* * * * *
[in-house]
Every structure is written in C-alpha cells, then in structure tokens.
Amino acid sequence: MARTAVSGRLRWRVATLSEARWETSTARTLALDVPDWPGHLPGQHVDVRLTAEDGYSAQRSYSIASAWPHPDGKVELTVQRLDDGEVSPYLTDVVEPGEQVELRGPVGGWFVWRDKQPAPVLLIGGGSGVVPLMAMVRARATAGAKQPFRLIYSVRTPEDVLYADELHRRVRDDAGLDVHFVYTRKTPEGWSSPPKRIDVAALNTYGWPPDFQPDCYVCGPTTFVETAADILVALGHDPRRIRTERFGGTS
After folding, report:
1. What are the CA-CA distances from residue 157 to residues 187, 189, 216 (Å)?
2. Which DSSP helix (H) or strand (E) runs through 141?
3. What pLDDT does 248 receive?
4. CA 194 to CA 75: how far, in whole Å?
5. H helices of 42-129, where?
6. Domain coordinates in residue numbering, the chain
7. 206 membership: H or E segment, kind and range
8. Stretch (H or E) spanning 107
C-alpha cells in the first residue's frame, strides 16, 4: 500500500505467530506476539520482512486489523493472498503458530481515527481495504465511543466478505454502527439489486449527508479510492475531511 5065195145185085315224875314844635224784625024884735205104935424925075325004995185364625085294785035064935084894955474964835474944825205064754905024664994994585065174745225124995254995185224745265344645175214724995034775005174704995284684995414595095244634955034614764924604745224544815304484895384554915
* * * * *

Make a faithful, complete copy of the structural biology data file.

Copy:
[in-house]
Every structure is written in C-alpha cells, then in structure tokens.
Amino acid sequence: MARTAVSGRLRWRVATLSEARWETSTARTLALDVPDWPGHLPGQHVDVRLTAEDGYSAQRSYSIASAWPHPDGKVELTVQRLDDGEVSPYLTDVVEPGEQVELRGPVGGWFVWRDKQPAPVLLIGGGSGVVPLMAMVRARATAGAKQPFRLIYSVRTPEDVLYADELHRRVRDDAGLDVHFVYTRKTPEGWSSPPKRIDVAALNTYGWPPDFQPDCYVCGPTTFVETAADILVALGHDPRRIRTERFGGTS
After folding, report:
1. What are the CA-CA distances from residue 157 to residues 187, 189, 216 (Å)?
2. Which DSSP helix (H) or strand (E) runs through 141?
3. What pLDDT does 248 receive?
4. CA 194 to CA 75: how far, in whole Å?
5. H helices of 42-129, where?
6. Domain coordinates in residue numbering, the chain
7. 206 membership: H or E segment, kind and range
8. Stretch (H or E) spanning 107
C-alpha cells in the first residue's frame, strides 16, 4: 500500500505467530506476539520482512486489523493472498503458530481515527481495504465511543466478505454502527439489486449527508479510492475531511 5065195145185085315224875314844635224784625024884735205104935424925075325004995185364625085294785035064935084894955474964835474944825205064754905024664994994585065174745225124995254995185224745265344645175214724995034775005174704995284684995414595095244634955034614764924604745224544815304484895384554915